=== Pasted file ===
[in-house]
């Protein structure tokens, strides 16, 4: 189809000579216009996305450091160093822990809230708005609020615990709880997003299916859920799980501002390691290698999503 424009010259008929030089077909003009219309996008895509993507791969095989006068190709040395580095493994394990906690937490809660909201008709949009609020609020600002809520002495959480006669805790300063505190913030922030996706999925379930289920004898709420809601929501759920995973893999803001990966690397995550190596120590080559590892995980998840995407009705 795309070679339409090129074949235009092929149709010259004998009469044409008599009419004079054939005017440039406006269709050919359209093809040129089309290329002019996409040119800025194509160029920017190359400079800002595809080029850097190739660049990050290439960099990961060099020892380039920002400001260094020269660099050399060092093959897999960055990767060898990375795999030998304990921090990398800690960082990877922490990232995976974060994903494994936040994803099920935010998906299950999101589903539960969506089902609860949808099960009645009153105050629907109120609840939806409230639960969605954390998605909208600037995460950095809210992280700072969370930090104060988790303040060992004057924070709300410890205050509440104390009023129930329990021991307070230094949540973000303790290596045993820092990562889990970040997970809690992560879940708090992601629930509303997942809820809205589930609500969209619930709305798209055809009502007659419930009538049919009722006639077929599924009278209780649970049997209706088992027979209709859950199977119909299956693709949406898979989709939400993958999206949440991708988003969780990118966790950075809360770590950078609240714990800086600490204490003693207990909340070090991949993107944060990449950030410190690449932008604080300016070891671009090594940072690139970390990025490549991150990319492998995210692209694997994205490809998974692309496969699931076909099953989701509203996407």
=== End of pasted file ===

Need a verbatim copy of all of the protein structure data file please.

[in-house]
């Protein structure tokens, strides 16, 4: 189809000579216009996305450091160093822990809230708005609020615990709880997003299916859920799980501002390691290698999503 424009010259008929030089077909003009219309996008895509993507791969095989006068190709040395580095493994394990906690937490809660909201008709949009609020609020600002809520002495959480006669805790300063505190913030922030996706999925379930289920004898709420809601929501759920995973893999803001990966690397995550190596120590080559590892995980998840995407009705 795309070679339409090129074949235009092929149709010259004998009469044409008599009419004079054939005017440039406006269709050919359209093809040129089309290329002019996409040119800025194509160029920017190359400079800002595809080029850097190739660049990050290439960099990961060099020892380039920002400001260094020269660099050399060092093959897999960055990767060898990375795999030998304990921090990398800690960082990877922490990232995976974060994903494994936040994803099920935010998906299950999101589903539960969506089902609860949808099960009645009153105050629907109120609840939806409230639960969605954390998605909208600037995460950095809210992280700072969370930090104060988790303040060992004057924070709300410890205050509440104390009023129930329990021991307070230094949540973000303790290596045993820092990562889990970040997970809690992560879940708090992601629930509303997942809820809205589930609500969209619930709305798209055809009502007659419930009538049919009722006639077929599924009278209780649970049997209706088992027979209709859950199977119909299956693709949406898979989709939400993958999206949440991708988003969780990118966790950075809360770590950078609240714990800086600490204490003693207990909340070090991949993107944060990449950030410190690449932008604080300016070891671009090594940072690139970390990025490549991150990319492998995210692209694997994205490809998974692309496969699931076909099953989701509203996407």